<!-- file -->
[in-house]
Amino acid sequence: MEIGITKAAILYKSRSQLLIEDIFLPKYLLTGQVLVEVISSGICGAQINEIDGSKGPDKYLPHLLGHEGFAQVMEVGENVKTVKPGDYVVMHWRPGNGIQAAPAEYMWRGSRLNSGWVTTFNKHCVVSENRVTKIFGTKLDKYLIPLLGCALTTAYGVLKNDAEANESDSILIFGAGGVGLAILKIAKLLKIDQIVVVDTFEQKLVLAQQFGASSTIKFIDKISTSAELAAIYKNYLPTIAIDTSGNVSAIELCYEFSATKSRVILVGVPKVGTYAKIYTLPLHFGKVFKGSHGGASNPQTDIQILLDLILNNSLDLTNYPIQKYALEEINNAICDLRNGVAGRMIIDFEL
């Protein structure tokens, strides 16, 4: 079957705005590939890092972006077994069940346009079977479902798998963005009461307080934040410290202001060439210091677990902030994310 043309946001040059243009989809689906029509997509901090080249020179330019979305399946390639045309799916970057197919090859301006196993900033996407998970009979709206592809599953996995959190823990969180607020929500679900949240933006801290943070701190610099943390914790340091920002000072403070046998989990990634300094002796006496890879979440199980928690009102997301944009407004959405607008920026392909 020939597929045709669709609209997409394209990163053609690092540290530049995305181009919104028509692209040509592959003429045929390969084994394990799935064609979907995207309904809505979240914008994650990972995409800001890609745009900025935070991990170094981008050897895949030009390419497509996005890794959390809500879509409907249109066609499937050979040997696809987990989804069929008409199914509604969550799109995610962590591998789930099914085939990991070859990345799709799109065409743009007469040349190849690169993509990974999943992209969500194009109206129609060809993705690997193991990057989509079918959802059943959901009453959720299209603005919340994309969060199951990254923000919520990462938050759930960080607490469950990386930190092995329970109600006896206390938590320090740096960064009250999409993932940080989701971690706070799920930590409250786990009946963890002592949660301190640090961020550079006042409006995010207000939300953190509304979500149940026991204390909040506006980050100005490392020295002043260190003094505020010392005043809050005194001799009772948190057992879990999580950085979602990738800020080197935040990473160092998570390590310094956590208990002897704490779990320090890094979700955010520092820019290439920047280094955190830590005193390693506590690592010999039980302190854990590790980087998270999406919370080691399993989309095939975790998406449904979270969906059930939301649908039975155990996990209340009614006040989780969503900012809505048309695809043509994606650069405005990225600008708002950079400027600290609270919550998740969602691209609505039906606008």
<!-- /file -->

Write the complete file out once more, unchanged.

[in-house]
Amino acid sequence: MEIGITKAAILYKSRSQLLIEDIFLPKYLLTGQVLVEVISSGICGAQINEIDGSKGPDKYLPHLLGHEGFAQVMEVGENVKTVKPGDYVVMHWRPGNGIQAAPAEYMWRGSRLNSGWVTTFNKHCVVSENRVTKIFGTKLDKYLIPLLGCALTTAYGVLKNDAEANESDSILIFGAGGVGLAILKIAKLLKIDQIVVVDTFEQKLVLAQQFGASSTIKFIDKISTSAELAAIYKNYLPTIAIDTSGNVSAIELCYEFSATKSRVILVGVPKVGTYAKIYTLPLHFGKVFKGSHGGASNPQTDIQILLDLILNNSLDLTNYPIQKYALEEINNAICDLRNGVAGRMIIDFEL
């Protein structure tokens, strides 16, 4: 079957705005590939890092972006077994069940346009079977479902798998963005009461307080934040410290202001060439210091677990902030994310 043309946001040059243009989809689906029509997509901090080249020179330019979305399946390639045309799916970057197919090859301006196993900033996407998970009979709206592809599953996995959190823990969180607020929500679900949240933006801290943070701190610099943390914790340091920002000072403070046998989990990634300094002796006496890879979440199980928690009102997301944009407004959405607008920026392909 020939597929045709669709609209997409394209990163053609690092540290530049995305181009919104028509692209040509592959003429045929390969084994394990799935064609979907995207309904809505979240914008994650990972995409800001890609745009900025935070991990170094981008050897895949030009390419497509996005890794959390809500879509409907249109066609499937050979040997696809987990989804069929008409199914509604969550799109995610962590591998789930099914085939990991070859990345799709799109065409743009007469040349190849690169993509990974999943992209969500194009109206129609060809993705690997193991990057989509079918959802059943959901009453959720299209603005919340994309969060199951990254923000919520990462938050759930960080607490469950990386930190092995329970109600006896206390938590320090740096960064009250999409993932940080989701971690706070799920930590409250786990009946963890002592949660301190640090961020550079006042409006995010207000939300953190509304979500149940026991204390909040506006980050100005490392020295002043260190003094505020010392005043809050005194001799009772948190057992879990999580950085979602990738800020080197935040990473160092998570390590310094956590208990002897704490779990320090890094979700955010520092820019290439920047280094955190830590005193390693506590690592010999039980302190854990590790980087998270999406919370080691399993989309095939975790998406449904979270969906059930939301649908039975155990996990209340009614006040989780969503900012809505048309695809043509994606650069405005990225600008708002950079400027600290609270919550998740969602691209609505039906606008």